Trump Seriously: On the Trail With the GOP’s Tough Guy
With his blue tie loosened and slung over his shoulder, Trump sits back to digest his meal and provide a running byplay to the news. Onscreen, they’ve cut away to a spot with Scott Walker, the creaky-robot governor of Wisconsin. Praised by the anchor for his “slow but steady” style, Walker is about to respond when Trump chimes in, “Yeah, he’s slow, all right! That’s what we got already: slowwww.” His staffers at the conference table howl and hoot; their man, though, is just getting warm. When the anchor throws to Carly Fiorina for her reaction to Trump’s momentum, Trump’s expression sours in schoolboy disgust as the camera bores in on Fiorina. “Look at that face!” he cries. “Would anyone vote for that? Can you imagine that, the face of our next president?!” The laughter grows halting and faint behind him. “I mean, she’s a woman, and I’m not s’posedta say bad things, but really, folks, come on. Are we serious?”
And there, in a nutshell, is Trump’s blessing and his curse: He can’t seem to quit while he’s ahead. The instincts that carried him out to a lead and have kept him far above the captious field are the same ones that landed him in ugly stews with ex-wives, business partners, networks, supermodels and many, many other famous women. At 69, he can still carry on like the teen who was yanked out of prep school and delivered to Col. Dobias, the take-no-shit instructor at the military academy. After I met Ivanka and praised her to her father, he said, “Yeah, she’s really something, and what a beauty, that one. If I weren’t happily married and, ya know, her father . . . ”
He’d made essentially the same crack nine years ago on a talk show while promoting Season Three of The Apprentice — but now he’s running for president, not an Emmy. “Does the guy have the wisdom to grow his base, what Kennedy called ‘greatness and fitness?’ ” says Schmidt, the GOP strategist. “Can his range and tone expand to meet that criteria?” Maybe what Trump needs is another Dobias, someone to tell him enough is enough and to get back on his game already. But if he had a consigliere, how likely is it that he would even listen? He’s gotten this far largely taking only his own instruction, acting on his gut and nose for blood. Attack, attack, attack, said his old man at the wheel, driving around Brooklyn on summer Sundays to spring surprise inspections on lazy supers. Trump paid attention and learned another lesson beside it: Take plenty of muscle with you when you go.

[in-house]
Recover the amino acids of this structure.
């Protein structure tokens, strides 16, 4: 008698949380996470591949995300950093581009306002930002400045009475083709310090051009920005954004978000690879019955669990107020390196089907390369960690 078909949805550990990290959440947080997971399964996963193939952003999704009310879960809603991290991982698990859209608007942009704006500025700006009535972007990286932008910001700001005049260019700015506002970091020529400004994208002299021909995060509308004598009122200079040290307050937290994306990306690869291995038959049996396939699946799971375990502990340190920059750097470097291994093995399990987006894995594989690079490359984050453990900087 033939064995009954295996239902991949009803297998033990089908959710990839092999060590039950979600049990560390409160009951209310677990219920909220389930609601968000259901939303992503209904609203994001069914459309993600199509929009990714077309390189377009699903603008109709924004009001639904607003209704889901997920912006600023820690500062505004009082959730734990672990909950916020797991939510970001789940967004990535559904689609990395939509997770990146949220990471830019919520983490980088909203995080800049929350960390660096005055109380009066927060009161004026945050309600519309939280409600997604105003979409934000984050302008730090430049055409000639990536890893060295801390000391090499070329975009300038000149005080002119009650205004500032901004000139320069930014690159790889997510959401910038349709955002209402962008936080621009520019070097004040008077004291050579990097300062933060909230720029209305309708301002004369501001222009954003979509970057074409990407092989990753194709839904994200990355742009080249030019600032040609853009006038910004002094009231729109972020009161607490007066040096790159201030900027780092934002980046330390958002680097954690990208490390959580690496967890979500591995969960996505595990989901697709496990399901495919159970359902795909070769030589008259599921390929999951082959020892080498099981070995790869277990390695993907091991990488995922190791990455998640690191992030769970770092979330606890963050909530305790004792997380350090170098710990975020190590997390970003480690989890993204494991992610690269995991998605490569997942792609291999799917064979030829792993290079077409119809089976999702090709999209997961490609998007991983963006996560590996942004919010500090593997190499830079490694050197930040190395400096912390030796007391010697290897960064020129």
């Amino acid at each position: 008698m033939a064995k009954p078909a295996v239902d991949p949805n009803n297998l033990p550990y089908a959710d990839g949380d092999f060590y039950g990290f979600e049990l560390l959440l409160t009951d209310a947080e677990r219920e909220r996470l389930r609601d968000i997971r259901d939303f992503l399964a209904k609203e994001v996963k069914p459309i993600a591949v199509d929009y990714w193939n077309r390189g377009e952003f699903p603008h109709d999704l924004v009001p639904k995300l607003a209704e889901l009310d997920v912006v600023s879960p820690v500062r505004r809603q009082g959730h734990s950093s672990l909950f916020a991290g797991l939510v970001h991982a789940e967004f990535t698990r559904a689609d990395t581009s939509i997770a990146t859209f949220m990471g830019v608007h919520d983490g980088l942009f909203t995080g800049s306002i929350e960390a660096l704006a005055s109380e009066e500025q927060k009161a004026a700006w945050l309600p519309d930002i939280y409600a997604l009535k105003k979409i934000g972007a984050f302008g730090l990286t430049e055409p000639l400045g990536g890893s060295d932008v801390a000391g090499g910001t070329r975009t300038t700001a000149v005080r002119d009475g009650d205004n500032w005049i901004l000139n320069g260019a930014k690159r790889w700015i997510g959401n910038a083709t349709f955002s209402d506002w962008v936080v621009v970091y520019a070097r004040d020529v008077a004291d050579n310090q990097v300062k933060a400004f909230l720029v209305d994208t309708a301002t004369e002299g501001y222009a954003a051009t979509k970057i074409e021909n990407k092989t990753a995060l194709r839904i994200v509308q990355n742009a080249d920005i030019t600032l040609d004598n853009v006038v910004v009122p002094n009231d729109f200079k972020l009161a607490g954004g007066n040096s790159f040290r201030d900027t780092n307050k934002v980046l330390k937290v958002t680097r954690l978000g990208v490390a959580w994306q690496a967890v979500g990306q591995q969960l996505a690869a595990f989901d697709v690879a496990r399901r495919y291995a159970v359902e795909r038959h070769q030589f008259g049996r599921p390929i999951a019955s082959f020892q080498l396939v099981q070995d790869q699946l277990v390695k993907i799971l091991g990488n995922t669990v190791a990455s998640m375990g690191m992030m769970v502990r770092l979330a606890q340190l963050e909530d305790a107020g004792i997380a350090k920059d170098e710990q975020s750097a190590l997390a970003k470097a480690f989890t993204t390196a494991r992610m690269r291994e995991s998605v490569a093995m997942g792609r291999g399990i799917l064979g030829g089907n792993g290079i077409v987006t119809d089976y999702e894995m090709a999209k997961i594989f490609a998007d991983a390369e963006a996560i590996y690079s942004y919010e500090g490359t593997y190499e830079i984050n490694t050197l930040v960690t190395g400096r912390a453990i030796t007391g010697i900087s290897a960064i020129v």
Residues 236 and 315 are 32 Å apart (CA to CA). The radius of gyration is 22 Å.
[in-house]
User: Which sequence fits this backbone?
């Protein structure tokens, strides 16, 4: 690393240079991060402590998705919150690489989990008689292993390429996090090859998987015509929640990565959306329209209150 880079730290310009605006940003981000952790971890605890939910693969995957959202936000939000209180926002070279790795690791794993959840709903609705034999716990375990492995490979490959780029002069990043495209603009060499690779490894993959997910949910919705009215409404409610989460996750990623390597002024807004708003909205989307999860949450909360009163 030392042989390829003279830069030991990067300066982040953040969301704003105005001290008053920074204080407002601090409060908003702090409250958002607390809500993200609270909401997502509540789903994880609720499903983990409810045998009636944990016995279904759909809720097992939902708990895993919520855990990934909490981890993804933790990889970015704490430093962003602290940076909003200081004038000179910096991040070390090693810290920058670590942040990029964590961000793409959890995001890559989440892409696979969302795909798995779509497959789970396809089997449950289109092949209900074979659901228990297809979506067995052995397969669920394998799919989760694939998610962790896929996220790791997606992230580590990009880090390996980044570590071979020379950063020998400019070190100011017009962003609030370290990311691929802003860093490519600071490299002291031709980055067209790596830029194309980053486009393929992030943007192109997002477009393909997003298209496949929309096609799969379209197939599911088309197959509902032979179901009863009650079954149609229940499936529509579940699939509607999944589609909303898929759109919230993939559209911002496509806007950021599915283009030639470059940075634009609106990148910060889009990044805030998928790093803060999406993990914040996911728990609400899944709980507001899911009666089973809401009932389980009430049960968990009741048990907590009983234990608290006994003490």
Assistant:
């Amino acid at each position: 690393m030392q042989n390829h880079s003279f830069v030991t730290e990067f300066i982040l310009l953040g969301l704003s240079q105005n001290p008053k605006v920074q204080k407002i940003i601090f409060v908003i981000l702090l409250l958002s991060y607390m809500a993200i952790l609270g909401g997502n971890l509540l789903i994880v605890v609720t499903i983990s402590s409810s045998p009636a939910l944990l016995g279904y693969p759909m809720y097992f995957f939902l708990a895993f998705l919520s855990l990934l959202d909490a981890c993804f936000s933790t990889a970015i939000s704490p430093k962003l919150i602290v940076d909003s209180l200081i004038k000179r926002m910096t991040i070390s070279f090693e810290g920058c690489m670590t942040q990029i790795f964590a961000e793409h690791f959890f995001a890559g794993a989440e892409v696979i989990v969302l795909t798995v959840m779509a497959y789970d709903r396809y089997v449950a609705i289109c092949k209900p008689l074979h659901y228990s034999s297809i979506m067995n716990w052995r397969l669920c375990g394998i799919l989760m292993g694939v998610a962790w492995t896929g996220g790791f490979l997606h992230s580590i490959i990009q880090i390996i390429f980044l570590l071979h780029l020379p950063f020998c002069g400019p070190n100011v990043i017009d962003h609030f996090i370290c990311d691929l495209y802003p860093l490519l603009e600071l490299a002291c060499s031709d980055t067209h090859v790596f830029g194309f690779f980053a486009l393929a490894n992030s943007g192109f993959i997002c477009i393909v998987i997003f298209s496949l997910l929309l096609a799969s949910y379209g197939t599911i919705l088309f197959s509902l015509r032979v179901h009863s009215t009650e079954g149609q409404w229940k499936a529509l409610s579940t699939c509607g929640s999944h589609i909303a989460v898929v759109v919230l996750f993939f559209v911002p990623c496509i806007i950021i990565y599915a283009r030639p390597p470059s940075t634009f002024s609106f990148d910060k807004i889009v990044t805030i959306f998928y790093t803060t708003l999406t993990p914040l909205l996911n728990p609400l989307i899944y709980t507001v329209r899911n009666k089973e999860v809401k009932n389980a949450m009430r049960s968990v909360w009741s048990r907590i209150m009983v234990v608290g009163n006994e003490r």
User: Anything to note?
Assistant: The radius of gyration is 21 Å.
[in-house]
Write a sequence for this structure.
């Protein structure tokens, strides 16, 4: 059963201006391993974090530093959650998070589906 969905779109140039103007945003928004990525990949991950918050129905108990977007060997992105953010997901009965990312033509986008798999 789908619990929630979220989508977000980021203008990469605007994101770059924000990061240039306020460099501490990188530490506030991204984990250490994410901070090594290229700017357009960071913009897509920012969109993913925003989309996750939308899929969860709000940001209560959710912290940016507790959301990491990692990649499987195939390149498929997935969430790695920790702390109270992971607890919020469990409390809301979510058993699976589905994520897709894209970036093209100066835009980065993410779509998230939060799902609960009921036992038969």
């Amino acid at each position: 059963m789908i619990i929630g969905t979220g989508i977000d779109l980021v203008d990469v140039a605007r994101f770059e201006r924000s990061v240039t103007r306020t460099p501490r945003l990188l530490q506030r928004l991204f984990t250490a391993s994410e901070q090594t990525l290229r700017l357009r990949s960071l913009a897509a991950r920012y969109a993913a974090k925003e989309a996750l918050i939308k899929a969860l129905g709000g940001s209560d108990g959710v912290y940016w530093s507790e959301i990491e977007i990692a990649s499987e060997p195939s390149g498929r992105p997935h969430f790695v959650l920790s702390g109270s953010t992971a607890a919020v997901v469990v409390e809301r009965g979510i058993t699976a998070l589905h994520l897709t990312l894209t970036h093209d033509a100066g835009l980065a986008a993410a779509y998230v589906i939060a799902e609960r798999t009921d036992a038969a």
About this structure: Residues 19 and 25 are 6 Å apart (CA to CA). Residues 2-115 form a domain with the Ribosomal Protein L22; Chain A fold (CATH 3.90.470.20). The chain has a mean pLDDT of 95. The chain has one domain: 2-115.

Meantime, you can say this for the man: He keeps a campaign promise, at least through dessert. After dinner on the plane, Trump gets up to stretch his legs, wandering to the galley for something sweet. He rummages through the cupboard, where his beloved Oreos live. Trump grabs the pack of cookies, eyes them fondly a moment, then replaces them on the shelf, uneaten. Returning to his seat with a couple of Vienna Fingers (made by Keebler, not treasonous Nabisco), he catches me looking at them and grunts. “I meant what I said: No more Oreos for Trump! And you can quote me on that if you want.”